The world's most anticipated fund launch of 2018


Steven A. Cohen, Point 72 Asset Management, USA

By 2005, Steve Cohen was widely acclaimed as the world's "hedge fund king". His firm - SAC Capital Advisors - was delivering astounding returns to clients - 30% CAGR over 18 years by 2008. He was the best paid hedge fund manager, topping annual compensation of over US$ 1 Billion a decade ago (Rs.6500 crs p.a.). And then came the fall - a series of SEC investigations between 2009 and 2012 into his firm and its key employees on allegations of insider trading. While no insider trading charge was established against him personally, he was charged with negligence in overseeing the activities of his key employees who were charged with insider trading. He settled the suit by paying a fine of US$ 1.2 Bn, agreeing to close SAC Capital and agreeing to desist from managing other people's money until Jan 2018. That still left him with his personal fortune of over US$ 11 Bn which he put into a new firm, Point 72 Asset Managers in 2014, and started managing his family office's assets as a hedge fund. Point 72 started out with a bang, delivering 15% in 2015 vs -1% for the benchmark, and the world once again took note of Cohen's money making prowess. As we write this piece, word is out on Wall Street that Cohen is preparing the decks for launching a new hedge fund offering in Jan 2018 - a launch that some observers say can easily top US$ 10 Bn and possibly make its way to become the biggest fund launch ever. A minimum commitment of US$ 250 Mn and fees of 2.5% don't seem to be deterring his fans - perhaps because ultimately, money talks.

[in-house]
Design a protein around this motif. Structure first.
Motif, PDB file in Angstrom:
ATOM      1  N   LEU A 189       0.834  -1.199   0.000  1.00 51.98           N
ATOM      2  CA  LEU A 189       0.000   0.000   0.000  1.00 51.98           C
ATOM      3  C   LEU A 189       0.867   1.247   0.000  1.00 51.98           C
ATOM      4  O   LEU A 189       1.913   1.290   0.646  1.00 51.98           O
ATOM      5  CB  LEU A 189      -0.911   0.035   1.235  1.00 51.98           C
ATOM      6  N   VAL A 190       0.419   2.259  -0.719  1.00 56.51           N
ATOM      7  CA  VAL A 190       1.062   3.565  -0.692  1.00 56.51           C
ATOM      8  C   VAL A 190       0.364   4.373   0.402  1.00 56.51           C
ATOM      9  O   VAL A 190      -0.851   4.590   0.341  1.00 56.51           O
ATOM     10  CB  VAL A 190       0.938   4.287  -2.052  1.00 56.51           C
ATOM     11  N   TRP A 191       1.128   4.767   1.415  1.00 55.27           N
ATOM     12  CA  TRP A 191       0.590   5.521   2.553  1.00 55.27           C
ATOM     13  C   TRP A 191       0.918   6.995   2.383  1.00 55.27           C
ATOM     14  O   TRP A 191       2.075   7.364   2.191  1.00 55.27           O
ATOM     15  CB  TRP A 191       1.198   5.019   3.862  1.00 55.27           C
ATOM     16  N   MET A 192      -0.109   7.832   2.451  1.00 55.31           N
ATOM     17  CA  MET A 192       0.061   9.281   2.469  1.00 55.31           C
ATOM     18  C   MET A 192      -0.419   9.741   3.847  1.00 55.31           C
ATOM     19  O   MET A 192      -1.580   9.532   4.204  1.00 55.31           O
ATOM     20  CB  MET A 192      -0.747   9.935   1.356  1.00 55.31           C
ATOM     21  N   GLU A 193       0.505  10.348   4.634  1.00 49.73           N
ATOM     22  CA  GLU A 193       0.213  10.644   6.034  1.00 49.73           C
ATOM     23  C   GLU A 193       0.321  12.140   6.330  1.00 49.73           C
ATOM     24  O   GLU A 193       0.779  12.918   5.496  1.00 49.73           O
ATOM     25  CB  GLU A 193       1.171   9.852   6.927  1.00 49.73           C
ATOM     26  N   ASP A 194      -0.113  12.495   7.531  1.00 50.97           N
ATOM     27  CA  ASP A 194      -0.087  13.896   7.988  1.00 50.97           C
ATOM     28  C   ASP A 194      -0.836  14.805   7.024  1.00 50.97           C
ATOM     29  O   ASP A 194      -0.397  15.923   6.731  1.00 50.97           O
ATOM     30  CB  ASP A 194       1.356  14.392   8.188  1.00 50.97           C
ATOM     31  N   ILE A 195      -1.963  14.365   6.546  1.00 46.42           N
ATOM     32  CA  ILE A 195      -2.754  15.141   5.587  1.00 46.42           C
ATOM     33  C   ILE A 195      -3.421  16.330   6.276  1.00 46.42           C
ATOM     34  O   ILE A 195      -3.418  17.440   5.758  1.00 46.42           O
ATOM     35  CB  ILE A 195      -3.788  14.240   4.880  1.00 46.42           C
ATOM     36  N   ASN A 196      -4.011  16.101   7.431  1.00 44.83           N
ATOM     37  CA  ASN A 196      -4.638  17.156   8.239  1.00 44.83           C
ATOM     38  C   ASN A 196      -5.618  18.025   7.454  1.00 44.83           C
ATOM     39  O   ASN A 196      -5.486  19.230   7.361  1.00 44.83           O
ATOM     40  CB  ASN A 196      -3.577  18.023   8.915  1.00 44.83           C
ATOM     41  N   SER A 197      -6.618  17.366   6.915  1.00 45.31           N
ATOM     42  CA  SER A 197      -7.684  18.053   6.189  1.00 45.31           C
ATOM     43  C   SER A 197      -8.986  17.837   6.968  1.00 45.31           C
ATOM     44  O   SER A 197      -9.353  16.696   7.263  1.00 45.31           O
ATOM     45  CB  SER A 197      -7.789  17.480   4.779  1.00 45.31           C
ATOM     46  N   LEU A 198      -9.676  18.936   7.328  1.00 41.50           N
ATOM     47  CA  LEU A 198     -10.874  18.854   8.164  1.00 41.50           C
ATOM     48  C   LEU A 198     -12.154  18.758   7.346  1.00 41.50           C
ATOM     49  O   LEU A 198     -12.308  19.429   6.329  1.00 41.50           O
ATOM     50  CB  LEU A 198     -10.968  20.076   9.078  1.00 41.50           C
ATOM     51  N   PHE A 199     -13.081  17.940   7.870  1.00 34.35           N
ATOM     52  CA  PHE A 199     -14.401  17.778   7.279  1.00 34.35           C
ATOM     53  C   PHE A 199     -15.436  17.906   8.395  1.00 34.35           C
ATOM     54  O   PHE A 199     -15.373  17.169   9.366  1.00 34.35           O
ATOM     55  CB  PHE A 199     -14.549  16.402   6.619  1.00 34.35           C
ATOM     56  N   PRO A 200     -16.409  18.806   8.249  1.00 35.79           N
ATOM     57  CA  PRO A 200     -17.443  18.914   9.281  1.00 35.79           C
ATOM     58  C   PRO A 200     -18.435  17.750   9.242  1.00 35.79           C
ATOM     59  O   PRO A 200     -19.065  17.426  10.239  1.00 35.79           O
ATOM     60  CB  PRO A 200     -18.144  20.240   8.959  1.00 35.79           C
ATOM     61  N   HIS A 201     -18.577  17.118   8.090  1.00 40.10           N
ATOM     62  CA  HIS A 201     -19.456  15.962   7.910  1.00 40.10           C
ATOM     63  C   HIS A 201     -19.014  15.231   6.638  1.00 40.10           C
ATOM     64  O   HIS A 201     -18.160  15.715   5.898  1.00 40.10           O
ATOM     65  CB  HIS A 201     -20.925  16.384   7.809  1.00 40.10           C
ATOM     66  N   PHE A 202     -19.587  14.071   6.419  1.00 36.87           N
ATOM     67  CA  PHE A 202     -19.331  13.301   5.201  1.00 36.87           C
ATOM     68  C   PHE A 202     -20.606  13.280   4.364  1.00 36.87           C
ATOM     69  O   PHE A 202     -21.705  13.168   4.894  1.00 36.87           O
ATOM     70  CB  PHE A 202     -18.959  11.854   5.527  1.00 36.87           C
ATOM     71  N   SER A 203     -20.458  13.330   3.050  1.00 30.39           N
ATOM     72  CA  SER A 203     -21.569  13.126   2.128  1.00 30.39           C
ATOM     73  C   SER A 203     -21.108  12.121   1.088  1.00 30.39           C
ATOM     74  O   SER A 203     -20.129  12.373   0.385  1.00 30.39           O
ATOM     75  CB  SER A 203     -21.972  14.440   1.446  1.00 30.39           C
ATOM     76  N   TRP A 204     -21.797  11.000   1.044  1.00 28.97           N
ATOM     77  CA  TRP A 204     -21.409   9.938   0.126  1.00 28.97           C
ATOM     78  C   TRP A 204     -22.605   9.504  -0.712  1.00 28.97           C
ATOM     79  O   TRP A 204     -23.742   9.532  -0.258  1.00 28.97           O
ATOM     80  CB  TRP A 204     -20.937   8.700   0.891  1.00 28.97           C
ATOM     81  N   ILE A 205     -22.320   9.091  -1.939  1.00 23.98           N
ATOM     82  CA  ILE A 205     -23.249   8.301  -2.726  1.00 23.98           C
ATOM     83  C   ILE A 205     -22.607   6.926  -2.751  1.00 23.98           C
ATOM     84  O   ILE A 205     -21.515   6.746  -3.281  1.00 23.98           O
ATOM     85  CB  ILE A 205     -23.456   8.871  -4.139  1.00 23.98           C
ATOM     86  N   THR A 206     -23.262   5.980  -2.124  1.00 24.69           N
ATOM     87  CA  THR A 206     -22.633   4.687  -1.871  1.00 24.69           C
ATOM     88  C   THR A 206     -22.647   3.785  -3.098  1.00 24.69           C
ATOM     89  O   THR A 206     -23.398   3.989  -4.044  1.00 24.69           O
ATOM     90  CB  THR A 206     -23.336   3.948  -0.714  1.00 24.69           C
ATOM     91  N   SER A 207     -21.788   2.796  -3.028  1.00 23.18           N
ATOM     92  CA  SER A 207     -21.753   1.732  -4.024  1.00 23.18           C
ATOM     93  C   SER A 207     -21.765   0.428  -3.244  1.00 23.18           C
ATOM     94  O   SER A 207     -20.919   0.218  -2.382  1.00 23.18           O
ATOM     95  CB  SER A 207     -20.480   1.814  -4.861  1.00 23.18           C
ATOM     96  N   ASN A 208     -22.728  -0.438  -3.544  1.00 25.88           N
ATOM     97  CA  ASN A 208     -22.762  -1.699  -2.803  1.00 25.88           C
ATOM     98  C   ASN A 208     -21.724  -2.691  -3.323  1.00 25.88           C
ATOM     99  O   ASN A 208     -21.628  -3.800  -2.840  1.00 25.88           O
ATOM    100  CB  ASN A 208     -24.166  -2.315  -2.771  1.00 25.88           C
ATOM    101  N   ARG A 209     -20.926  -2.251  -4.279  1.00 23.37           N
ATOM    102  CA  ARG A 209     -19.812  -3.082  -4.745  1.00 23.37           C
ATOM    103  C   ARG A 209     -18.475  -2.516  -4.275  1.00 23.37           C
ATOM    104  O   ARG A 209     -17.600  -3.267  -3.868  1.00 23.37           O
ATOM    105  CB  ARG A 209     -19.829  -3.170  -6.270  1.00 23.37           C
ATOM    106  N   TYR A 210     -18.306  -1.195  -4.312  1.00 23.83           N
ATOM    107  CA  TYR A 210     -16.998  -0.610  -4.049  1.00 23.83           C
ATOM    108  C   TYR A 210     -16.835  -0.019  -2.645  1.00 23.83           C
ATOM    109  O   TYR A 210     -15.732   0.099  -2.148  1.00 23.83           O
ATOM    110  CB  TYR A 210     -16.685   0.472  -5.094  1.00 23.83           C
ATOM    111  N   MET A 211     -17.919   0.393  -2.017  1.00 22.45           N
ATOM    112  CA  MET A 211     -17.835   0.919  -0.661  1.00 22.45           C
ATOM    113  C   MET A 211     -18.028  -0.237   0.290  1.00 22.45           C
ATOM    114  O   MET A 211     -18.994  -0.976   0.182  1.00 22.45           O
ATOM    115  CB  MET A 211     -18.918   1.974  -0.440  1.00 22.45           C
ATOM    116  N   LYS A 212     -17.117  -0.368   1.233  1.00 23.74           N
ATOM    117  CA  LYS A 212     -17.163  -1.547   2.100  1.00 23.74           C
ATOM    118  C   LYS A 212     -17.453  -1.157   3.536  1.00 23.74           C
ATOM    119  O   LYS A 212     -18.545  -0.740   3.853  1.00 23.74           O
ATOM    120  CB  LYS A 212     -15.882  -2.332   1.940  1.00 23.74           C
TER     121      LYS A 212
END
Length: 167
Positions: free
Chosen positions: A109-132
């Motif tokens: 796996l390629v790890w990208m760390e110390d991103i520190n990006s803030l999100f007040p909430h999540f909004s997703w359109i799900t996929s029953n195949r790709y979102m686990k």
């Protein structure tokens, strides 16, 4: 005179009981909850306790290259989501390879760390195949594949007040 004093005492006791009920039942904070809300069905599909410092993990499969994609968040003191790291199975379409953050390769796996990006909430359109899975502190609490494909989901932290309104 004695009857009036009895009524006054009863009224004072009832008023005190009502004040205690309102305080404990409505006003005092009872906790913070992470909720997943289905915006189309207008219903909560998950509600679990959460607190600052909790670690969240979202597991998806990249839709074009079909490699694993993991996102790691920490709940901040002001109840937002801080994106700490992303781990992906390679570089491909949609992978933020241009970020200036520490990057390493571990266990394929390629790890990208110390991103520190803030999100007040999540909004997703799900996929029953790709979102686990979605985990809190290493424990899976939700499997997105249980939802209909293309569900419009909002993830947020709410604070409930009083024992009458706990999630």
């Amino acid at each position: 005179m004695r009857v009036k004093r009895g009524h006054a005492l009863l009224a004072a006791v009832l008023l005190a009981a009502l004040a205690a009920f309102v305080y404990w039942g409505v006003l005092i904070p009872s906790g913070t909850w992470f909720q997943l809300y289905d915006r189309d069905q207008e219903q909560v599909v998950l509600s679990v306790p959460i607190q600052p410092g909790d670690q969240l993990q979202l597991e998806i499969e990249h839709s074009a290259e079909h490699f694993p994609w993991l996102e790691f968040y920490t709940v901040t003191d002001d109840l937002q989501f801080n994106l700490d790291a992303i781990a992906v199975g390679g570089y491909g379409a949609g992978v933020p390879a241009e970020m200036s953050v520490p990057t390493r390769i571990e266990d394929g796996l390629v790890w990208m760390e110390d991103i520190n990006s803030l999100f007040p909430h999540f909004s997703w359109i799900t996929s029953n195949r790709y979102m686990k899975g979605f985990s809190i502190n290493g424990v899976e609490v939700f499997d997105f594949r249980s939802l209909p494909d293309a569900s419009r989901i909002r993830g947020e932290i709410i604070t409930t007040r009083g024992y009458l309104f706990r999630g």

Steven A. Cohen is a famous, or according to some infamous investment manager on Wall Street. He has had to face of insider trading charges,though these have not been proved. Steven A. Cohen is perhaps a fallen star, yet in his heyday he was one of the most successful of investment managers in the world. So successful, in fact, that it provoked the SEC to launch an investigation into his trading methods. And come Jan 2018, we will know whether this fallen star manages to rise like Phoenix from the ashes of his past, as many Wall Street observers are betting he will.